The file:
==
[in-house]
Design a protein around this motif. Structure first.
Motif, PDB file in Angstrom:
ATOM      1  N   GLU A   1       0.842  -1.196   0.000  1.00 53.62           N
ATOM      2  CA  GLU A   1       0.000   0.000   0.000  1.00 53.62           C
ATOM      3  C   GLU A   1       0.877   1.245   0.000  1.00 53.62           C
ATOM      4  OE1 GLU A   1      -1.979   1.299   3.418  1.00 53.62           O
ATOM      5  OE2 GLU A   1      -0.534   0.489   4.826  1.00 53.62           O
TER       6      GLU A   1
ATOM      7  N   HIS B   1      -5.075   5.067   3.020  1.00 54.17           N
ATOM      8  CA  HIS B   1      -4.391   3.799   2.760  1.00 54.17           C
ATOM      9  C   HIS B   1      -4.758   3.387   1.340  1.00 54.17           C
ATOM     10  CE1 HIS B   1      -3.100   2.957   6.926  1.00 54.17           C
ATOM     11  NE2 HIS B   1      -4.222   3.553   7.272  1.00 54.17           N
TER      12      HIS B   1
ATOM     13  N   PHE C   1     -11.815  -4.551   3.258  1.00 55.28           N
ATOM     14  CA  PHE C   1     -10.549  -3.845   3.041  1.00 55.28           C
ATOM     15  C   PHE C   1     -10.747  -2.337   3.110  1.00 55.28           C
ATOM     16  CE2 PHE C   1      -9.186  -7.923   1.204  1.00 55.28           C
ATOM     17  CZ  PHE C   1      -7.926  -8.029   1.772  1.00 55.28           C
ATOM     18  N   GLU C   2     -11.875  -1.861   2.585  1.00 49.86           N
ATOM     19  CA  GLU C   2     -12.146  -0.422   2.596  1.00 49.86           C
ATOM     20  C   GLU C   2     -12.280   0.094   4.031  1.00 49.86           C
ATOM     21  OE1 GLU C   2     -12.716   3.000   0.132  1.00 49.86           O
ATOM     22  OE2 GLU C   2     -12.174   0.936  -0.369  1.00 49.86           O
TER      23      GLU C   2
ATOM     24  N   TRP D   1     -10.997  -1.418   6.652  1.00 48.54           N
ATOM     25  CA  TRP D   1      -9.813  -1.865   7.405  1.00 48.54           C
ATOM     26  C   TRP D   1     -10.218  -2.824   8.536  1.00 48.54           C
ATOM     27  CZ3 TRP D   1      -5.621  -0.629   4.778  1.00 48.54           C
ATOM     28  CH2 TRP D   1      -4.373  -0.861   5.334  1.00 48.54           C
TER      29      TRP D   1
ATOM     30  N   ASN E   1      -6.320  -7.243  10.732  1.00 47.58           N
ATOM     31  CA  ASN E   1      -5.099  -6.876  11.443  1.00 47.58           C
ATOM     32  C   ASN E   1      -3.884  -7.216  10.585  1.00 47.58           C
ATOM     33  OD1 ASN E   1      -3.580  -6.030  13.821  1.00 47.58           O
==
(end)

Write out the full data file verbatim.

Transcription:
[in-house]
Design a protein around this motif. Structure first.
Motif, PDB file in Angstrom:
ATOM      1  N   GLU A   1       0.842  -1.196   0.000  1.00 53.62           N
ATOM      2  CA  GLU A   1       0.000   0.000   0.000  1.00 53.62           C
ATOM      3  C   GLU A   1       0.877   1.245   0.000  1.00 53.62           C
ATOM      4  OE1 GLU A   1      -1.979   1.299   3.418  1.00 53.62           O
ATOM      5  OE2 GLU A   1      -0.534   0.489   4.826  1.00 53.62           O
TER       6      GLU A   1
ATOM      7  N   HIS B   1      -5.075   5.067   3.020  1.00 54.17           N
ATOM      8  CA  HIS B   1      -4.391   3.799   2.760  1.00 54.17           C
ATOM      9  C   HIS B   1      -4.758   3.387   1.340  1.00 54.17           C
ATOM     10  CE1 HIS B   1      -3.100   2.957   6.926  1.00 54.17           C
ATOM     11  NE2 HIS B   1      -4.222   3.553   7.272  1.00 54.17           N
TER      12      HIS B   1
ATOM     13  N   PHE C   1     -11.815  -4.551   3.258  1.00 55.28           N
ATOM     14  CA  PHE C   1     -10.549  -3.845   3.041  1.00 55.28           C
ATOM     15  C   PHE C   1     -10.747  -2.337   3.110  1.00 55.28           C
ATOM     16  CE2 PHE C   1      -9.186  -7.923   1.204  1.00 55.28           C
ATOM     17  CZ  PHE C   1      -7.926  -8.029   1.772  1.00 55.28           C
ATOM     18  N   GLU C   2     -11.875  -1.861   2.585  1.00 49.86           N
ATOM     19  CA  GLU C   2     -12.146  -0.422   2.596  1.00 49.86           C
ATOM     20  C   GLU C   2     -12.280   0.094   4.031  1.00 49.86           C
ATOM     21  OE1 GLU C   2     -12.716   3.000   0.132  1.00 49.86           O
ATOM     22  OE2 GLU C   2     -12.174   0.936  -0.369  1.00 49.86           O
TER      23      GLU C   2
ATOM     24  N   TRP D   1     -10.997  -1.418   6.652  1.00 48.54           N
ATOM     25  CA  TRP D   1      -9.813  -1.865   7.405  1.00 48.54           C
ATOM     26  C   TRP D   1     -10.218  -2.824   8.536  1.00 48.54           C
ATOM     27  CZ3 TRP D   1      -5.621  -0.629   4.778  1.00 48.54           C
ATOM     28  CH2 TRP D   1      -4.373  -0.861   5.334  1.00 48.54           C
TER      29      TRP D   1
ATOM     30  N   ASN E   1      -6.320  -7.243  10.732  1.00 47.58           N
ATOM     31  CA  ASN E   1      -5.099  -6.876  11.443  1.00 47.58           C
ATOM     32  C   ASN E   1      -3.884  -7.216  10.585  1.00 47.58           C
ATOM     33  OD1 ASN E   1      -3.580  -6.030  13.821  1.00 47.58           O